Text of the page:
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5 Surprising Hotel Scams Everyone Should Know About

Posted  October 09, 2018  by  Lynn Brown



The hospitality sector is a popular target for information thieves because of all the confidential information that is collected and stored including - payment card information and personally identifiable information (PII).

What hotel guests may not realize is that thieves are targeting them directly, too. 

Here are 5 surprising hotel scams to watch for and avoid.

  1. Online Booking: Criminals are creating ‘mirror’ web pages for hotels that look like the real thing (with a resort name, fake phone numbers, and photos) – but aren’t. When unsuspecting guests book this way, their confidential booking information ends up with a third-party operator. Avoid this scam: Use a reputable third party, or book with the hotel directly. Always check the website’s URL (‘https://’ and a lock symbol in the search bar indicate the site is secure).  
  2. Food Delivery Scam: Want to have food delivered to your hotel room? Scam artists are also creating realistic-looking food menus and sliding them under hotel room doors. Hotel guests who order from these menus have to pay with a credit card… but the food never arrives. Avoid this scam: Do an internet search to make sure the restaurant exists. Ask the hotel front desk about the restaurant.
  3. Urgent After-Hours Call: A few years ago, guests at a Dallas, Texas inn were contacted by phone by the ‘front desk’ at 2:30 in the morning. They were told there was an unexpected glitch in the computer system and credit card numbers had to be re-confirmed – before a 3 a.m. audit. Avoid this scam: Never give out credit card or other confidential information over the phone, especially in an ‘urgent’ and unusual scenario. Contact the front desk to verify.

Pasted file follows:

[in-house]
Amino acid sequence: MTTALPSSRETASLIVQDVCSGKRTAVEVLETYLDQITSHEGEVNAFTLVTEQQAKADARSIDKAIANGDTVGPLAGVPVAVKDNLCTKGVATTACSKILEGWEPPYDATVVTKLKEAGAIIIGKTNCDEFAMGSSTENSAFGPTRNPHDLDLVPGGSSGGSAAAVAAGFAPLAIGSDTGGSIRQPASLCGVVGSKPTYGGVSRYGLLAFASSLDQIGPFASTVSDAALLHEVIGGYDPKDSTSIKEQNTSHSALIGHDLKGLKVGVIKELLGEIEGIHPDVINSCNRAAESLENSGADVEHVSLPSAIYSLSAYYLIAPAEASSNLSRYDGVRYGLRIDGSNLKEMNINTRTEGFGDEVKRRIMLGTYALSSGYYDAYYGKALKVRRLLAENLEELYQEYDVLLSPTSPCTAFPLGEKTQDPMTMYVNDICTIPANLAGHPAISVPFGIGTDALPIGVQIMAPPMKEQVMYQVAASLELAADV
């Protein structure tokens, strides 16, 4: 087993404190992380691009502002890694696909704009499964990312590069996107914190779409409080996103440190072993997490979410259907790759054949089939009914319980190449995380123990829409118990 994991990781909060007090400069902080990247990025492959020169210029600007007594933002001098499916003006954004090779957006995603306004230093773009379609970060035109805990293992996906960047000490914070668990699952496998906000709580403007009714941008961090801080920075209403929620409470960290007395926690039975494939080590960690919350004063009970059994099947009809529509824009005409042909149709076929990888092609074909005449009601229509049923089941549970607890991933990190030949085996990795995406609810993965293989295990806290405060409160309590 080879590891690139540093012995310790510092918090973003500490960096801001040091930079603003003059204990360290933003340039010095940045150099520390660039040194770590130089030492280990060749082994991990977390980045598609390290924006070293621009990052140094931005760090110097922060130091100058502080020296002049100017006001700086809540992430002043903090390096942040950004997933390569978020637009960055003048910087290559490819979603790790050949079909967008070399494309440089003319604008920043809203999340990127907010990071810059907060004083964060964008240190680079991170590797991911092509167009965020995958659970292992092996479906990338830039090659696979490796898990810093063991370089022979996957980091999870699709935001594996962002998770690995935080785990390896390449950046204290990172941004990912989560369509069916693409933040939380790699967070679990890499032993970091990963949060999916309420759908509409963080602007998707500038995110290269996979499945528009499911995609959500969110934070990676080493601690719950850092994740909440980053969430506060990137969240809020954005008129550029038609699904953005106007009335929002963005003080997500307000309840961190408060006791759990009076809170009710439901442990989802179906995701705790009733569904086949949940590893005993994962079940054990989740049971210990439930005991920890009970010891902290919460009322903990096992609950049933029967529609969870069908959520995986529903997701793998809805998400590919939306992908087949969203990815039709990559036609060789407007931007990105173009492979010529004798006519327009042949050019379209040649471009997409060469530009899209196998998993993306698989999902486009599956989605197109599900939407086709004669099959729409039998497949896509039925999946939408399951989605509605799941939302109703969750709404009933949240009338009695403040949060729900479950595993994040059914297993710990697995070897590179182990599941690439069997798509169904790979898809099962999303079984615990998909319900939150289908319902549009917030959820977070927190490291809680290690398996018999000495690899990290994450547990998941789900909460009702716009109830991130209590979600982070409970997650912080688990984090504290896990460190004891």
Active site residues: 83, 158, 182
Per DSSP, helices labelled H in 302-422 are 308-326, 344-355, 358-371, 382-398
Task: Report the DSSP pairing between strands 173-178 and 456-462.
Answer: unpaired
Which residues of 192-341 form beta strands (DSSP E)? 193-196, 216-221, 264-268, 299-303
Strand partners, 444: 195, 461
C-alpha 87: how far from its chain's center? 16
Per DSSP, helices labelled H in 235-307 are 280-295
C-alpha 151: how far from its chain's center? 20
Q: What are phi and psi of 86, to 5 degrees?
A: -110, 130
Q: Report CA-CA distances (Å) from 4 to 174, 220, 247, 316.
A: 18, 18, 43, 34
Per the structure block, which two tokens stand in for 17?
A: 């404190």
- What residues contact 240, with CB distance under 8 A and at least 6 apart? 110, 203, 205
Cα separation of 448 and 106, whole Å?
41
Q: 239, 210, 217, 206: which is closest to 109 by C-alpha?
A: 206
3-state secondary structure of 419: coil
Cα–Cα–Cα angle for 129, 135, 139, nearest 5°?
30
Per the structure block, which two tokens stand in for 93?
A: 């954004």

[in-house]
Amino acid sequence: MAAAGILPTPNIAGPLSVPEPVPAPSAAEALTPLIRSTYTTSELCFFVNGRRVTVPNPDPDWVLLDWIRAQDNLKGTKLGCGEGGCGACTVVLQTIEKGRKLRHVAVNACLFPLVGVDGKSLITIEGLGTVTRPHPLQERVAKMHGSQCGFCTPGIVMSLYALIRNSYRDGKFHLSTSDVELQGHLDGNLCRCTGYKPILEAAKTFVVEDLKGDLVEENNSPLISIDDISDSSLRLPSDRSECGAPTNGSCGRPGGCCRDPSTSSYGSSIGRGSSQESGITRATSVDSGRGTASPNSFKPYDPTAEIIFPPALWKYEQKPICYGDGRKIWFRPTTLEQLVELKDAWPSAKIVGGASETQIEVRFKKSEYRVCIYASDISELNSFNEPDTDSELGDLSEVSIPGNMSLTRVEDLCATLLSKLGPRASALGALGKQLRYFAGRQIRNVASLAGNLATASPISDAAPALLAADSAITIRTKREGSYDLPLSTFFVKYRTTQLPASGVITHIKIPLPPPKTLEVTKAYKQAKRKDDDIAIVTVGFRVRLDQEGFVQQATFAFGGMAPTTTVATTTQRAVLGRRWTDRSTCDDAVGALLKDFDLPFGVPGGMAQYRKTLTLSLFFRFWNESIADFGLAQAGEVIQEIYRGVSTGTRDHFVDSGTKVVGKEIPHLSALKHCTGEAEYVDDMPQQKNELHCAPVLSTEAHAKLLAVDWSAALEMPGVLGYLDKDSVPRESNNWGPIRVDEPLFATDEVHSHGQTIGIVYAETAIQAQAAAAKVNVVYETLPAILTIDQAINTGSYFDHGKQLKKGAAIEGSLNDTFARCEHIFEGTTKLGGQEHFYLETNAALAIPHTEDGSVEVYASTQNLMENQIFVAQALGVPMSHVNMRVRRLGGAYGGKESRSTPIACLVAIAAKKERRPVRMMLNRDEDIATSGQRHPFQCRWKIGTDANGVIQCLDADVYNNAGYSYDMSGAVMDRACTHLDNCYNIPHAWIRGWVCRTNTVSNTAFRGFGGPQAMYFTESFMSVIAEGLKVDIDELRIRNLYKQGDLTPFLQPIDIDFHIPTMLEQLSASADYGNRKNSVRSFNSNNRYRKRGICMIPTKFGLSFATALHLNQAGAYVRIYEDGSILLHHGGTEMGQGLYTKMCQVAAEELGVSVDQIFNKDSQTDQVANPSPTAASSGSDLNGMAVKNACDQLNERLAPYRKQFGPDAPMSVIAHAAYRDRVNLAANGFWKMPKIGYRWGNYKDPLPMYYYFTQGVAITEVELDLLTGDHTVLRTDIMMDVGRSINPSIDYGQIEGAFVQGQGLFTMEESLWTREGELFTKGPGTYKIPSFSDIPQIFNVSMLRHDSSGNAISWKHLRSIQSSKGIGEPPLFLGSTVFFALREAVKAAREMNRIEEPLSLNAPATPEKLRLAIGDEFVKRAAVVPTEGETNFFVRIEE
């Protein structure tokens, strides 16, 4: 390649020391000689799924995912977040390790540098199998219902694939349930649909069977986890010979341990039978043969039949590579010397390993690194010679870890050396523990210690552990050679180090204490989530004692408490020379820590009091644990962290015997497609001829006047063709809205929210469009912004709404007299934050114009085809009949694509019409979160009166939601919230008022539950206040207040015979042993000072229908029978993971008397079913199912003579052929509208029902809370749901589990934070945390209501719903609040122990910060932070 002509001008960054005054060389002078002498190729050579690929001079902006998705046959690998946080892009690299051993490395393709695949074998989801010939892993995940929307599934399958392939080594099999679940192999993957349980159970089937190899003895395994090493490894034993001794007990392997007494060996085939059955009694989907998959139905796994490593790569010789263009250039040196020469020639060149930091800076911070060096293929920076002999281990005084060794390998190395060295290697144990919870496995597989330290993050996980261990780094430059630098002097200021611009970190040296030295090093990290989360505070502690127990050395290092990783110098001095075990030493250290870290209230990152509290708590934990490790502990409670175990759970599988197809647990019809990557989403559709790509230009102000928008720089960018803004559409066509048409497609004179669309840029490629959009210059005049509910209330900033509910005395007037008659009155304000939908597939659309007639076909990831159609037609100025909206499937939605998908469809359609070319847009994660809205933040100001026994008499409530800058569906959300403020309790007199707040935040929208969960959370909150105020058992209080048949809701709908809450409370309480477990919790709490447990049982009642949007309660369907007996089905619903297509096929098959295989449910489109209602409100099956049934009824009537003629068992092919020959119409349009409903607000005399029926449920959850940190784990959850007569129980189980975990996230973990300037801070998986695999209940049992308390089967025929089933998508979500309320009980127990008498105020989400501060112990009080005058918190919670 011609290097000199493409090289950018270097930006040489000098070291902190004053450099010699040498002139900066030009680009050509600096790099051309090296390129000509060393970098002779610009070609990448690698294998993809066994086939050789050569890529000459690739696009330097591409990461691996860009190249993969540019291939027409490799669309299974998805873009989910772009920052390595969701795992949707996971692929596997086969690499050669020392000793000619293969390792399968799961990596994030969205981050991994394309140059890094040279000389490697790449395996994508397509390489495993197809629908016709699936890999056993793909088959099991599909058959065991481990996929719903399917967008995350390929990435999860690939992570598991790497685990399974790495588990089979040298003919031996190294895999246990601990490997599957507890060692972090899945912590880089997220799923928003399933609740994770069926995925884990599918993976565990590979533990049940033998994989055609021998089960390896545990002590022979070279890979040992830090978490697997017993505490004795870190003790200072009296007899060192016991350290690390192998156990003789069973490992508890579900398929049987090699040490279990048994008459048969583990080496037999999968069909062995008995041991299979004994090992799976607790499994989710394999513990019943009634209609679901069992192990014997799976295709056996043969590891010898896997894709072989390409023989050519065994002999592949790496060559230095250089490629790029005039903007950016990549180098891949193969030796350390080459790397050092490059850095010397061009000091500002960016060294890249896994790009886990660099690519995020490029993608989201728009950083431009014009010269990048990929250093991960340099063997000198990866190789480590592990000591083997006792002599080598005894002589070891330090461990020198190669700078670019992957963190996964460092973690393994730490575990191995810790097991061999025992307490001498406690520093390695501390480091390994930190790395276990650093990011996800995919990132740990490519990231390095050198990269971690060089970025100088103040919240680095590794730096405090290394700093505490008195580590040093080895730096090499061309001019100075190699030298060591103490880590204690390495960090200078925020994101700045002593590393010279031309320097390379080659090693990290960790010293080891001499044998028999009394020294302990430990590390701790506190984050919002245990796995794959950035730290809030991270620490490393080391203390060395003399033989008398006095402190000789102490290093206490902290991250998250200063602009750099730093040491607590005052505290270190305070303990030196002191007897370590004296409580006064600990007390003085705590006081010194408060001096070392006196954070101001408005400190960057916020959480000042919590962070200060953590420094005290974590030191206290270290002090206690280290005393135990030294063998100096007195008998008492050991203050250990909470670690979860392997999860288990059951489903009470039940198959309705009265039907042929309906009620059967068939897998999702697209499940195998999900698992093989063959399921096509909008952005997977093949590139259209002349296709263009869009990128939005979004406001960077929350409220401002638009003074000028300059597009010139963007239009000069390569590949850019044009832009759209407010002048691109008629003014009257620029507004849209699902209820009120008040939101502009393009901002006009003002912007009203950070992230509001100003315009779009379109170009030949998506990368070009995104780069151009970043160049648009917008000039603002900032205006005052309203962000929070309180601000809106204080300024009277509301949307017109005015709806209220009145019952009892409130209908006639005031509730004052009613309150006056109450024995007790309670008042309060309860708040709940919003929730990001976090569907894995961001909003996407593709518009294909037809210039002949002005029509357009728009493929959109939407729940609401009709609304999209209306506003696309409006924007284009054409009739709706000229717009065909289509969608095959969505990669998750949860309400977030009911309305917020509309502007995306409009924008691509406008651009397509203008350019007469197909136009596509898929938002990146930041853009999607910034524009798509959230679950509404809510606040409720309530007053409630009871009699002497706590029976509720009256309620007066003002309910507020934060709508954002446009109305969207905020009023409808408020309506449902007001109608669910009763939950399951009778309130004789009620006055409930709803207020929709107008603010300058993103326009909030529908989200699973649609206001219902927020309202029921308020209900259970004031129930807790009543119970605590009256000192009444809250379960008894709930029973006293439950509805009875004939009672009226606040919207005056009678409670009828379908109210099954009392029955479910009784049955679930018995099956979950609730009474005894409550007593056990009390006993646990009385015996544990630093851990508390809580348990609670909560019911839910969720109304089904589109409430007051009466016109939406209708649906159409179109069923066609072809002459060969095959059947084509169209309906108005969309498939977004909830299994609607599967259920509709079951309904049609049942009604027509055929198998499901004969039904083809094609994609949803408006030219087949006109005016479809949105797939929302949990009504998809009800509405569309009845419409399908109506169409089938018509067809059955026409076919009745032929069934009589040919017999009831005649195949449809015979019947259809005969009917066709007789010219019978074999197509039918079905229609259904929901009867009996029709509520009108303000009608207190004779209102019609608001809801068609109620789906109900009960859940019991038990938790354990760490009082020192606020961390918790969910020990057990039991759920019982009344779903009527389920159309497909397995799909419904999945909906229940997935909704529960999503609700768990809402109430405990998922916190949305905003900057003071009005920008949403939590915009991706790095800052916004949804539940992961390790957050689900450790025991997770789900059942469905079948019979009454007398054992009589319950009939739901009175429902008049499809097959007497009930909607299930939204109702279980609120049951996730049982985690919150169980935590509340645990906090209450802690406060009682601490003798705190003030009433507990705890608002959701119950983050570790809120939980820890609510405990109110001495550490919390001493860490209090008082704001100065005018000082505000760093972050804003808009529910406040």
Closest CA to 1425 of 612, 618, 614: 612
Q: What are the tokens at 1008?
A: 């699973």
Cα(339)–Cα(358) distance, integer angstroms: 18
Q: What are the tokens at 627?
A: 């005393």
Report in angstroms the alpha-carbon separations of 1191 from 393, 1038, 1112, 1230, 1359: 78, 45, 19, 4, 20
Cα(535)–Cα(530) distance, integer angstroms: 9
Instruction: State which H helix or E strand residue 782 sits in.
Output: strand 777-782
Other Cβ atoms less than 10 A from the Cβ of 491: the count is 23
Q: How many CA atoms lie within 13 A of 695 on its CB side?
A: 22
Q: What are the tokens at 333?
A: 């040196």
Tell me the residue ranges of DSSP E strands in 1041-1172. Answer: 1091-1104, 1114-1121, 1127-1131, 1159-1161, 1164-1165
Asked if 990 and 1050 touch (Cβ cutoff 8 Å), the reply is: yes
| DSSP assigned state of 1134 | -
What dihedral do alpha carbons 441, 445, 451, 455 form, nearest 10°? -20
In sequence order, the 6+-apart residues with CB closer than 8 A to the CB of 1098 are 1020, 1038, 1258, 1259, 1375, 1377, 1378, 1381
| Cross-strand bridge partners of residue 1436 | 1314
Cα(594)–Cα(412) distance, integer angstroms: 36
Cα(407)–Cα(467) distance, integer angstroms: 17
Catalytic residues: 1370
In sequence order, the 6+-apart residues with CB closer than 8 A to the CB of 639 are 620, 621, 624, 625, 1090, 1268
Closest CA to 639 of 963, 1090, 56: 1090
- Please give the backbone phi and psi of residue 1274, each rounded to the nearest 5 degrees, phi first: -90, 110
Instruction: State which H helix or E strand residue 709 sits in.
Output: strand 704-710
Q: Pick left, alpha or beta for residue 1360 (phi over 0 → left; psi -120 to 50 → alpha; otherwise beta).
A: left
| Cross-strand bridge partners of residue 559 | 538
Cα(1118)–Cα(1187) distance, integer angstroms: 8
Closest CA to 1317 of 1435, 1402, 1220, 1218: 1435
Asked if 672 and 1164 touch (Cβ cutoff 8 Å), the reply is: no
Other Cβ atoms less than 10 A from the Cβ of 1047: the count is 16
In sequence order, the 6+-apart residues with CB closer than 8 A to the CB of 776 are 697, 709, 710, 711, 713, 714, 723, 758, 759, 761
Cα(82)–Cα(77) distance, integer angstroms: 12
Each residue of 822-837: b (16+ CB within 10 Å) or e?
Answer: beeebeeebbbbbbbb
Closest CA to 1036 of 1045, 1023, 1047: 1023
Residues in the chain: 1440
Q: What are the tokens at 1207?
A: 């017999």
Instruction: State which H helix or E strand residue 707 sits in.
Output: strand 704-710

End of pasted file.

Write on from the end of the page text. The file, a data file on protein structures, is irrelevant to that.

4. Fake Courtesy Call: Hotel scam artists are also getting a jump on ‘courtesy calls’, which are often made to make sure everything’s in order for guests who have just checked in. Be especially wary when the ‘front desk’ caller says a credit card was declined and needs to be re-verified. Avoid this scam: It’s not likely hotel staff would ask for credit card information over the phone. Go to the front desk in person.
  5. Hotspot Scam: Free Wi-Fi is common in public areas like hotel lobbies and rooms. But there's a wireless internet skimming scam that involves a hotspot called ‘free Wi-Fi’ or something similar. While the connection is free and there’s no password needed, data is routed through several points including a criminal’s computerAvoid this scam: Find out from the front desk what the preferred network is for the hotel and how to access it. Make sure it’s a secure connection, and if possible, use a virtual private network (VPN).

Always protect confidential information and mobile devices when you are travelling. Ask the hotel about secure destruction of paper documents you no longer need.

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